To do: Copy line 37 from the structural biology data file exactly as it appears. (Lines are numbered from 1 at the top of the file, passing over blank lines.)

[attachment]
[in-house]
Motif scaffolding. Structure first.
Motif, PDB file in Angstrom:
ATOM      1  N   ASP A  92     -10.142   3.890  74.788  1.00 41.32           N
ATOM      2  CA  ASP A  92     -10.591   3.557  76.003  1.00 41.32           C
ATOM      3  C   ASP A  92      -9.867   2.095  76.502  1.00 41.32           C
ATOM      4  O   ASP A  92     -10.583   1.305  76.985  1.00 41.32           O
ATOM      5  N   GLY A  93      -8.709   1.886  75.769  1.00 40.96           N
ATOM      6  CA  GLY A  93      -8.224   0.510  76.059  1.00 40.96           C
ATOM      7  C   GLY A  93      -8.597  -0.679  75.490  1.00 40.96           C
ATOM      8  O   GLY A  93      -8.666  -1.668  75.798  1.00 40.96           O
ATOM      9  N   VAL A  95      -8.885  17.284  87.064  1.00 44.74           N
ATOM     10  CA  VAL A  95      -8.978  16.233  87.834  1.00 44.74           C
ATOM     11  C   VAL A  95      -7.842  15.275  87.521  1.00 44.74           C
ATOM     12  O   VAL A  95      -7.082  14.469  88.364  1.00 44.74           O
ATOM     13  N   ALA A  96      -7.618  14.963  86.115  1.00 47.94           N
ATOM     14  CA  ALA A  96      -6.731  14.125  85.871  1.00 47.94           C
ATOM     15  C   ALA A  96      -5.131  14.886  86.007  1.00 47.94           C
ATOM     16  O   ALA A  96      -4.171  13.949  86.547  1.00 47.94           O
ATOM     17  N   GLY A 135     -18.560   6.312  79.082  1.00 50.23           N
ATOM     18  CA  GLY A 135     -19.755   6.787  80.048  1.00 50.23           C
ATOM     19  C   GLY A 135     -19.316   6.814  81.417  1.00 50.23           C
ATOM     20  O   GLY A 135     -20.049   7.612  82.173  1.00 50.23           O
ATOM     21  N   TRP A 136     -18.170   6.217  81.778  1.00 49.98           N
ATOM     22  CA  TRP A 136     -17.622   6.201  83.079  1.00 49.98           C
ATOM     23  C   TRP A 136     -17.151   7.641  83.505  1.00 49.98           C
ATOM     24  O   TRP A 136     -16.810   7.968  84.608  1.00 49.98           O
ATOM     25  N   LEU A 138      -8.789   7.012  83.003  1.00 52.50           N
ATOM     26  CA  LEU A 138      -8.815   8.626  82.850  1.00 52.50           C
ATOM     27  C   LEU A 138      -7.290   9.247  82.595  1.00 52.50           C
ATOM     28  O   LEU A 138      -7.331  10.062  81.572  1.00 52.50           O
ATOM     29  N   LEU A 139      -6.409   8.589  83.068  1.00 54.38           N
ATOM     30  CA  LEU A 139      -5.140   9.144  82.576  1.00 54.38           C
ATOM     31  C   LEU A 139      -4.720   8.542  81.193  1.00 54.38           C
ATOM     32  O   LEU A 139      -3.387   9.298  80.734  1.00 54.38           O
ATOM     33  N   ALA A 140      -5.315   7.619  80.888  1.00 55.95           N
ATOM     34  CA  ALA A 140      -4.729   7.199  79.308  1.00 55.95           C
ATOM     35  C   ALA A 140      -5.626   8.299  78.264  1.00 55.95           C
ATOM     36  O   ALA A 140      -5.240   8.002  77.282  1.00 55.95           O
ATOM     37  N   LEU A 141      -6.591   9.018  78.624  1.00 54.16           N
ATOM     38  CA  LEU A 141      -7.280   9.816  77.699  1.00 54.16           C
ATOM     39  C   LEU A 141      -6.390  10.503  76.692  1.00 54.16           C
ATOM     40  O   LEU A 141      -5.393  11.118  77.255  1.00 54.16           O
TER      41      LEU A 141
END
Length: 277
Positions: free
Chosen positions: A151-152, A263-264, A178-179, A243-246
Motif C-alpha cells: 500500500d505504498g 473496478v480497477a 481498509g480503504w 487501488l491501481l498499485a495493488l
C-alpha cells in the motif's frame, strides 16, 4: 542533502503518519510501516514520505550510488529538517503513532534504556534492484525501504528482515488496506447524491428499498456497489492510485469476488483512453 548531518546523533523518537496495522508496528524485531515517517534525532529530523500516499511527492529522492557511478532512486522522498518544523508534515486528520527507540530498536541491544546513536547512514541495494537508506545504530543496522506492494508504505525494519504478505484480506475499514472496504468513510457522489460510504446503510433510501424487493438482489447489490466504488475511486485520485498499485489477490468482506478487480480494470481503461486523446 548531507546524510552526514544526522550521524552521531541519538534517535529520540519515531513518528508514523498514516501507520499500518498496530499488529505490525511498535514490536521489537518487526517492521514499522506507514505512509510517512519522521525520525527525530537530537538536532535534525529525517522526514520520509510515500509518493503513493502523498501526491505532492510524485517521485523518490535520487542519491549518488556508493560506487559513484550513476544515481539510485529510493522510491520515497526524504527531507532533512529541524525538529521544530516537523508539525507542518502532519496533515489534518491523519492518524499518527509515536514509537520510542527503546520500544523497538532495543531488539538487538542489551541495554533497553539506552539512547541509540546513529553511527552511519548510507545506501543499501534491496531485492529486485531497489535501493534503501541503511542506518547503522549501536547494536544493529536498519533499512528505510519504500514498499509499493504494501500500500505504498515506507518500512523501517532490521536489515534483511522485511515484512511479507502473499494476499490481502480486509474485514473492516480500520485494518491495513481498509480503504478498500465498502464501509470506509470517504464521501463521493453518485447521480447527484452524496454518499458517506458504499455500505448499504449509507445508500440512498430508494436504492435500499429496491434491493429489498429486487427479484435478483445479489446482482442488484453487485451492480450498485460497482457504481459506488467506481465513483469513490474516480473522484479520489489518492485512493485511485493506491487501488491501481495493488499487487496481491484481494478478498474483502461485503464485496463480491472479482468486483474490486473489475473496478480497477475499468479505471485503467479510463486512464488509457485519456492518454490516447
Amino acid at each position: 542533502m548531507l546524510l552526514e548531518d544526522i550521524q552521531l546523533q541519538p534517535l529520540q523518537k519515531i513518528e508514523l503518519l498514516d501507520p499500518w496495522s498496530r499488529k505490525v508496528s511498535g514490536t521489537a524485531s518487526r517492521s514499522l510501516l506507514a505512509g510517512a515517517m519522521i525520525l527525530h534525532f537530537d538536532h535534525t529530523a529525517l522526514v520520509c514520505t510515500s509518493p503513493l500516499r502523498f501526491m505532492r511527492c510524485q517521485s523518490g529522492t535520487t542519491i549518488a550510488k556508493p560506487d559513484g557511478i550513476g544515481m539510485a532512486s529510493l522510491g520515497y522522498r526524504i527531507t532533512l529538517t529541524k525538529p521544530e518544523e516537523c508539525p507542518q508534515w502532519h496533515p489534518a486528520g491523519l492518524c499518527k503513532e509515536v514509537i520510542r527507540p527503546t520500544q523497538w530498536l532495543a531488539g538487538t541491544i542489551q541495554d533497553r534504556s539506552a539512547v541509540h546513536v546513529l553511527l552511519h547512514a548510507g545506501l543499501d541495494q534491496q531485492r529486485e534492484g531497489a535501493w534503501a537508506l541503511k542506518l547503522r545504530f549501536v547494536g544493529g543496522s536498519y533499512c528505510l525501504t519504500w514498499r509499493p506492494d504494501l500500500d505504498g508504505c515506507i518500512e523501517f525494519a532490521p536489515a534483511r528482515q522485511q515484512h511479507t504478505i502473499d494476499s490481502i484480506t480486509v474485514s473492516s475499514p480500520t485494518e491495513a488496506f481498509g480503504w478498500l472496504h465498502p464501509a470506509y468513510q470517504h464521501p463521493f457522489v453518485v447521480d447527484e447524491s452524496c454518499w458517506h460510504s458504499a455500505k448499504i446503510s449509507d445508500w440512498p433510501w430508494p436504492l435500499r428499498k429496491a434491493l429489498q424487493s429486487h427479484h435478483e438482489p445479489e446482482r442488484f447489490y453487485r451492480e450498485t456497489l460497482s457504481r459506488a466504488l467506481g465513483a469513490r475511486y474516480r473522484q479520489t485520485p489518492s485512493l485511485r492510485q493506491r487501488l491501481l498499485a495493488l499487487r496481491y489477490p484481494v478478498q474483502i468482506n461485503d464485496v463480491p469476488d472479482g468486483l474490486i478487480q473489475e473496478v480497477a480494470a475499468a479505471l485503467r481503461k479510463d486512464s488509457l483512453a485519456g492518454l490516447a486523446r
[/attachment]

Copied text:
ATOM     34  CA  ALA A 140      -4.729   7.199  79.308  1.00 55.95           C